Invited Seminar 30/11 – Structuring data for editing and visualization – Noura Faraj

For the weekly seminar of the STORM research group, Noura Faraj from the Université de Montpellier will give a talk on Structuring data for editing and visualization.

This seminar will take place the 30/11 at 12:30pm in the Salle des Thèses at IRIT.

We present how to combine multi-scale, and complementary representations such as topologic and geometric structures adapted to the targeted application and tailored for an unexperienced user. These representations allow tackling efficiently a variety of complex problems especially in the context of pluridisciplinary projects. Their creation, use, and visualization have to be intuitive, interactive and controllable at a high level. In this setting, the modeling process and the abstraction are guide towards the information. For instance, we present a volume representation combining voxels and tetrahedra resulting in a hybrid versatile model adapted to a number of major applications in computer graphics — in particular in the context of medical images, a multi-scale complex for the volume multi-domain features, and a hierarchical structure — a tree of shapes, used to generate intuitively a variety of stylized version of an image.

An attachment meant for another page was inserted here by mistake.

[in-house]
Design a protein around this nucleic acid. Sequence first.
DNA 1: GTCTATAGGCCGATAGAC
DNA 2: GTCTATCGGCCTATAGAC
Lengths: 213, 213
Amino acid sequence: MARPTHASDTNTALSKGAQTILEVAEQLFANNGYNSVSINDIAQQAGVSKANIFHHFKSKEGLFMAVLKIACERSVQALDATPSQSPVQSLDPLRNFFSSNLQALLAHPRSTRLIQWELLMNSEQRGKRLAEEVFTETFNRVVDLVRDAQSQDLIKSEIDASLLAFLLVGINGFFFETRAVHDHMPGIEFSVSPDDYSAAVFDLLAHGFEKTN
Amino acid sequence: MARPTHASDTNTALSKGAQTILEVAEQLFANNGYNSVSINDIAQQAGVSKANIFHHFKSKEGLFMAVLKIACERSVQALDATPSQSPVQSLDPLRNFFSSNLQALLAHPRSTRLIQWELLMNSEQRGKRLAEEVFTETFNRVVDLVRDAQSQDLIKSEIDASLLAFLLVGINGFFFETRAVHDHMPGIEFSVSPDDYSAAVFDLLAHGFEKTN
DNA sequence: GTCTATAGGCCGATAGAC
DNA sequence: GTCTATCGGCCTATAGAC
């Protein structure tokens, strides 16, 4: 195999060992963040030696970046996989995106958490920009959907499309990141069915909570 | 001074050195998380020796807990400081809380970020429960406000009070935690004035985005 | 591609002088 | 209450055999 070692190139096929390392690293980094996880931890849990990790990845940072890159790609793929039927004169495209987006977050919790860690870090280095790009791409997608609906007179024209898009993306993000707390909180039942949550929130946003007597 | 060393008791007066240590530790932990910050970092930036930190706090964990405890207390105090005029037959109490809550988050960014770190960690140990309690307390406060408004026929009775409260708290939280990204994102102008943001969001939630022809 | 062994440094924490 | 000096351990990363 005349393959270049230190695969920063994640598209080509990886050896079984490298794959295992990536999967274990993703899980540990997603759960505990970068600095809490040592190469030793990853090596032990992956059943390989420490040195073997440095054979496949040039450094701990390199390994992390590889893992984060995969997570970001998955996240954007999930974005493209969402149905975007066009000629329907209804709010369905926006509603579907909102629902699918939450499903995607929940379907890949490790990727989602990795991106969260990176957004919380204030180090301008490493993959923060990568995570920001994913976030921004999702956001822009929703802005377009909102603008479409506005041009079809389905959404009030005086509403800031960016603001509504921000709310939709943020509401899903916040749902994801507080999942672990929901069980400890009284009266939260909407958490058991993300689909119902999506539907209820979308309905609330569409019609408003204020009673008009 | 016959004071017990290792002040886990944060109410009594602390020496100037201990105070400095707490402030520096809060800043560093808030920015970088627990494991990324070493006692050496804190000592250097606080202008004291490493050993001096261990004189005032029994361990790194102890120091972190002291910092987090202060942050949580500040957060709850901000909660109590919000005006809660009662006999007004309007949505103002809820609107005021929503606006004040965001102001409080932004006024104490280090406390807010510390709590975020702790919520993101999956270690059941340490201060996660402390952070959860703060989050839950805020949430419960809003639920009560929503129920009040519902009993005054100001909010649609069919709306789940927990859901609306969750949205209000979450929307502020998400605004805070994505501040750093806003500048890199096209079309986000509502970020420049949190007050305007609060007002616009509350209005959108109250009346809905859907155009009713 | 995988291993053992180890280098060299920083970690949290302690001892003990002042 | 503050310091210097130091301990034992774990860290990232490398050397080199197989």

Noura Faraj is an Associate Professor at the Université de Montpellier where she joined the ICAR team of the LIRMM in September 2018. Her research work addresses how to model, interact with and visualize interactively large volume datasets with a particular focus on mesh generation and processing of segmented 3D images. Her work is at the intersection of variety of topics related to computer graphics and visualization (geometric modeling, Non-Photorealistic Rendering, image processing and stylization…). She completed her PhD in 2013 in the Computer Graphics Group of Telecom ParisTech under the supervision of Tamy Boubekeur and Isabelle Bloch. She then joined the applied mathematics research group MAP5 at Université Paris Descartes as a research engineer working on image processing. Next, she worked as a post-doctoral researcher in the Graphics and visualization Group at Tulane University in New Orleans.